Confused malcontents swilling Chardonnay while awaiting the Zombie Apocalypse.
In a small owner-run supermarket in south-west London, Jo Elgarf walks down an aisle full of long-life food.
Cans of hot dogs, stew, rice pudding. Packets of lentils, cartons of milk. It is all here.
"They have a really long life on them and are easy to store," she explains, pointing out that two cans of baked beans can be purchased for less than 2 pounds and will last until the end of 2020.
"At the moment I tend to buy two for myself now and two for later on."
A mother of three, including four-year-old Nora who is severely disabled, Ms Elgarf insists she is not an American-style prepper. Her kitchen cupboards are full to overflowing, but there is no hidden food under the stairs or in the garage, and no bunker in her backyard.
But the fear of what Brexit may bring has her worried and she wants to make sure she can feed her family if food supplies are impacted by a potential no-deal Brexit scenario.
Ms Elgarf is a member of the 2,500-strong Facebook group 48% Preppers, named after the 48 per cent of people who voted to remain in the 2016 referendum.
"It is actually becoming more and more common that people are suddenly waking up, looking in cupboards and saying, 'I don't think I have enough food to do more than a couple of days'," she says.
"And the closer we get to a no-deal, a few are very anxious."
It sounds like a doomsday approach, but across the United Kingdom some supermarkets chains have begun to stockpile in case no deal can be done and Britain crashes out of its union with Europe on March 29, 2019.
And there are warnings a hard Brexit could cause major disruptions at UK ports and borders.
"If we don't have the ships coming through quite so quickly and shelves aren't being replenished quite so quickly, I'm ready for that," Ms Elgarf says.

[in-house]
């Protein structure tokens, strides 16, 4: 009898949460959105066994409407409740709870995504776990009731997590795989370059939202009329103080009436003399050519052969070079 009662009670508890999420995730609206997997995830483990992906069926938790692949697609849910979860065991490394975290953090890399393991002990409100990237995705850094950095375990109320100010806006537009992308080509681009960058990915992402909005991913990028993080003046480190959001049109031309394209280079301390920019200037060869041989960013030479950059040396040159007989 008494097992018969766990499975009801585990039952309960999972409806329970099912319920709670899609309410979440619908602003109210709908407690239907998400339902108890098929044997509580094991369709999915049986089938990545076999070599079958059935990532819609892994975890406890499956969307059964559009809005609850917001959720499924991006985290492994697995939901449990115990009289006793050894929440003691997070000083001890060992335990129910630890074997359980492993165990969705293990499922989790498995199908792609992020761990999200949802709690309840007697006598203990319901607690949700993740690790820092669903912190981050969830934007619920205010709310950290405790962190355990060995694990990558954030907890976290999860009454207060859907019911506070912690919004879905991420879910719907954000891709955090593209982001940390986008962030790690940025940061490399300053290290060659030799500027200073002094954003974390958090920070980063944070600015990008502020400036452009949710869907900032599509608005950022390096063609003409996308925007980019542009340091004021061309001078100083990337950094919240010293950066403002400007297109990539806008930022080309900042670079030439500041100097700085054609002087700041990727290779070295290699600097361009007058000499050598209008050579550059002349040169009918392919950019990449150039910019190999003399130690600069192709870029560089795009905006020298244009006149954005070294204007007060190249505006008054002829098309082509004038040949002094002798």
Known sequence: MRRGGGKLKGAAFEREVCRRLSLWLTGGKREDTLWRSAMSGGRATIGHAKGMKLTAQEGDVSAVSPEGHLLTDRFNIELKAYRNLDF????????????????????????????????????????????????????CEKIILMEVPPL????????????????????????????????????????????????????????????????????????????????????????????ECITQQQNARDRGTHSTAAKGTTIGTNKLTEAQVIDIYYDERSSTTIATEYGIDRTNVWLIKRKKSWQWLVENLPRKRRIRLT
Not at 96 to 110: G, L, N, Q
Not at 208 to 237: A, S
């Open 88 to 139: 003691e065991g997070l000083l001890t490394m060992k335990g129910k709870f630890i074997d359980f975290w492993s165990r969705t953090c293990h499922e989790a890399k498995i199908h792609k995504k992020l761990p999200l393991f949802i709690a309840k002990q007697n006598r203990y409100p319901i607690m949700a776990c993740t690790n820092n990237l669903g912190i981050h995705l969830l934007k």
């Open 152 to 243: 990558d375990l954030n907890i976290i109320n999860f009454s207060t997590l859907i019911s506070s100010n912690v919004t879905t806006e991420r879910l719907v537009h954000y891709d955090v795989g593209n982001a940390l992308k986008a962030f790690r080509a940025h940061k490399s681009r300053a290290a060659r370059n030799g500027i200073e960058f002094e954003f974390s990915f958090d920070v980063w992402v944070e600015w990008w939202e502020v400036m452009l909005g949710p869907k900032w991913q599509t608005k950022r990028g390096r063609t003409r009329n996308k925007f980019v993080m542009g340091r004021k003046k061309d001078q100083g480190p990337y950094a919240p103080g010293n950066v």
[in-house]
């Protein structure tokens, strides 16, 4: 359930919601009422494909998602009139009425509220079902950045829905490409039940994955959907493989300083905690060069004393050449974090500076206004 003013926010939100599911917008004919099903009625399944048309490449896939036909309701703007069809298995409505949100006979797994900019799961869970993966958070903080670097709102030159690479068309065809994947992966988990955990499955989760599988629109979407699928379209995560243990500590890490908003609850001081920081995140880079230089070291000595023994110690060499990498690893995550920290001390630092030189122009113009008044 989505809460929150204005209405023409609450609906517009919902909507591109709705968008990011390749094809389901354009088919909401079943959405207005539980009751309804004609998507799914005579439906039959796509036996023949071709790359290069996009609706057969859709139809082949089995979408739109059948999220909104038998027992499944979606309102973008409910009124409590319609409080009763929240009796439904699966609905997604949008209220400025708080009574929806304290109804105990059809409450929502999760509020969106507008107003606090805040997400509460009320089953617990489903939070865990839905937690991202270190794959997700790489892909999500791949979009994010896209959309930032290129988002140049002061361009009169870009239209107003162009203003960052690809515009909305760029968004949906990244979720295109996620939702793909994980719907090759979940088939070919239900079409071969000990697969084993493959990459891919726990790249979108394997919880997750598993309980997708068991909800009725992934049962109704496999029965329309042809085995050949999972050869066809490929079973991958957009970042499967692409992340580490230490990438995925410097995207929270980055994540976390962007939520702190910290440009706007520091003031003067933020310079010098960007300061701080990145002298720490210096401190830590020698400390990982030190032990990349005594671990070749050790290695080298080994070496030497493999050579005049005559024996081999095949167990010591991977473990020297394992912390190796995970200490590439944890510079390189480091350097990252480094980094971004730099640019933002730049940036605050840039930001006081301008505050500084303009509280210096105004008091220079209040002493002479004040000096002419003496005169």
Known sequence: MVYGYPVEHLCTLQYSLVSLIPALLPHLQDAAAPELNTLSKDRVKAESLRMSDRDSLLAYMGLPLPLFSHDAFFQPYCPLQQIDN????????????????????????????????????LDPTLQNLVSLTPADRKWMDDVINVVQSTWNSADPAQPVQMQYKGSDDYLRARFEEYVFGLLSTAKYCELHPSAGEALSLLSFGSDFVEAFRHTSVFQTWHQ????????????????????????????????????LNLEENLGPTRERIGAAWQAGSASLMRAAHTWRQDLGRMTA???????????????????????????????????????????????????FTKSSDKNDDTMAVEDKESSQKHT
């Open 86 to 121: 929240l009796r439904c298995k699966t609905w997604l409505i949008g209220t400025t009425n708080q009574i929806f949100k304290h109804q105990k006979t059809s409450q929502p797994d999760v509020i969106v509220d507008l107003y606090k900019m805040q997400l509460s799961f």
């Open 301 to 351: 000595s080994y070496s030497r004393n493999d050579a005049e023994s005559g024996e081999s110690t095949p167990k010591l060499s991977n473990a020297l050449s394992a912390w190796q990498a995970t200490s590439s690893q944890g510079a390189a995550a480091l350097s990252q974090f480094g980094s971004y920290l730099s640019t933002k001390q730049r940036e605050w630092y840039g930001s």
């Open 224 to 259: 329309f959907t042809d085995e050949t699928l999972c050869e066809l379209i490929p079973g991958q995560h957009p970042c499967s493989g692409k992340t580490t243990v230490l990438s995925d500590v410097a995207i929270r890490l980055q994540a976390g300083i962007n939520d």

Another getting ready for the unknown is former British Army officer Guy Dorrell, who will have enough supplies in his Surrey home for between 14 and 21 days after the transition date.
"I've resisted calling it prepping or survivalist stuff — but preparedness and being aware of what you need to have and the supplies you need in," he says.
Mr Dorrell also co-hosts a podcast called The Fall, which is billed as "a brutal guide to surviving Brexit" and deals with everything from a delay in Amazon orders to food and fuel shortages.
"We've always said that public disorder is highly likely, whatever happens," he says.
"So if we get food shortages or fuel shortages then, as we've seen across the [English] Channel in France, then public disorder is highly likely, and that would happen within days."
For Ms Elgarf, the most important thing is the supply of her daughter's medicine. Nora has cerebral palsy and the drugs she takes for severe epilepsy comes from the EU and cannot be stored long-term.
"Those meds come from Europe, and I have no way of stockpiling them," she says.
"Nobody can say to me, 'Yes, don't worry, we've got those meds'."
In July the British Government asked drug companies to stockpile six weeks' worth of medicines to prevent any shortfall even if the supply chain is affected.
Every month the UK imports nearly 40 million packets of medicine from the EU, and even more is exported out of the country.
"We are working very closely with our patients to help and give advice on the best ways to deal with any shortages there are," says Ash Soni, President of the Royal Pharmaceuticals Society.
"I can understand why people will be nervous, nervousness comes from being uncertain, we are all uncertain."
While the Government has published Brexit guidance on the issue, Ms Elgarf feels there is still a lack of clarity for her family.
"I just wish someone would take control, I just feel like we are just floating along as a country."
While I am waiting for her speech to Parliament in 15 minutes, about delay?
Well, she still has a job...